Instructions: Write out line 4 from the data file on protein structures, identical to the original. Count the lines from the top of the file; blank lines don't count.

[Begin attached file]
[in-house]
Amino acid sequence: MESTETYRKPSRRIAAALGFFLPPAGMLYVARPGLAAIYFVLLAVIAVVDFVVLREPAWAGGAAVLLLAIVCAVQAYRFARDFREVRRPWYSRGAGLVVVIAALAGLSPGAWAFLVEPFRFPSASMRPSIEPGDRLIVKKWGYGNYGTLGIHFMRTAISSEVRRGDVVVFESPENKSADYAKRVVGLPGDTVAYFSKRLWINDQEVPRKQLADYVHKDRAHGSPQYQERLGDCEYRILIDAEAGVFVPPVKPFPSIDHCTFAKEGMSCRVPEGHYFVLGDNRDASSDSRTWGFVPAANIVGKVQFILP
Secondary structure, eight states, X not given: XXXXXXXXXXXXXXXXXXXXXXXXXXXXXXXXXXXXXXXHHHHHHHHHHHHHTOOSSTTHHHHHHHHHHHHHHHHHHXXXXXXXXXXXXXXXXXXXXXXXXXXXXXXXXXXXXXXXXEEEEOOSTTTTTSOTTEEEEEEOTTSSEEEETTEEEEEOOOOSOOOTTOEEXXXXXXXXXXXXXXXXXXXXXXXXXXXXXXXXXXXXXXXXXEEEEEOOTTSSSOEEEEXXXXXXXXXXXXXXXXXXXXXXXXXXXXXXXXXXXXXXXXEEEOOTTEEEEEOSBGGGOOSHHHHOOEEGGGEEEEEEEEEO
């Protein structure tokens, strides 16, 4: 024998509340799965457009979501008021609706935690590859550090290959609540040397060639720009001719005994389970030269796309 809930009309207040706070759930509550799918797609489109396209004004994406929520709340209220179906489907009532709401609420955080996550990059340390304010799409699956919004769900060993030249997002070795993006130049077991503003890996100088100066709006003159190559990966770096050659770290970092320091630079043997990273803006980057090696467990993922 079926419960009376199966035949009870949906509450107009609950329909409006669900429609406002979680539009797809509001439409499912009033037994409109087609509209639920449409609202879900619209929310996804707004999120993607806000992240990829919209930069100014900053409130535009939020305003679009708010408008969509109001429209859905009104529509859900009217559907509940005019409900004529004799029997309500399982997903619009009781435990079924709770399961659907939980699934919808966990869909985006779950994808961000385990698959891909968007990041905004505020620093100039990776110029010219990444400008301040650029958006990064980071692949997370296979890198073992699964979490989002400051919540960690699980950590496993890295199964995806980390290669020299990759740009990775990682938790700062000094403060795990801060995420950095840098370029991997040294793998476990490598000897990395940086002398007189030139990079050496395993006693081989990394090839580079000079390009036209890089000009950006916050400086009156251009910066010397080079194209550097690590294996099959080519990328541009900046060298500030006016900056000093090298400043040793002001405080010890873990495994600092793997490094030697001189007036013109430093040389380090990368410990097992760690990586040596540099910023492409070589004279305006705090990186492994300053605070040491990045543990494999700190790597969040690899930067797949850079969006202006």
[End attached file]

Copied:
């Protein structure tokens, strides 16, 4: 024998509340799965457009979501008021609706935690590859550090290959609540040397060639720009001719005994389970030269796309 809930009309207040706070759930509550799918797609489109396209004004994406929520709340209220179906489907009532709401609420955080996550990059340390304010799409699956919004769900060993030249997002070795993006130049077991503003890996100088100066709006003159190559990966770096050659770290970092320091630079043997990273803006980057090696467990993922 079926419960009376199966035949009870949906509450107009609950329909409006669900429609406002979680539009797809509001439409499912009033037994409109087609509209639920449409609202879900619209929310996804707004999120993607806000992240990829919209930069100014900053409130535009939020305003679009708010408008969509109001429209859905009104529509859900009217559907509940005019409900004529004799029997309500399982997903619009009781435990079924709770399961659907939980699934919808966990869909985006779950994808961000385990698959891909968007990041905004505020620093100039990776110029010219990444400008301040650029958006990064980071692949997370296979890198073992699964979490989002400051919540960690699980950590496993890295199964995806980390290669020299990759740009990775990682938790700062000094403060795990801060995420950095840098370029991997040294793998476990490598000897990395940086002398007189030139990079050496395993006693081989990394090839580079000079390009036209890089000009950006916050400086009156251009910066010397080079194209550097690590294996099959080519990328541009900046060298500030006016900056000093090298400043040793002001405080010890873990495994600092793997490094030697001189007036013109430093040389380090990368410990097992760690990586040596540099910023492409070589004279305006705090990186492994300053605070040491990045543990494999700190790597969040690899930067797949850079969006202006």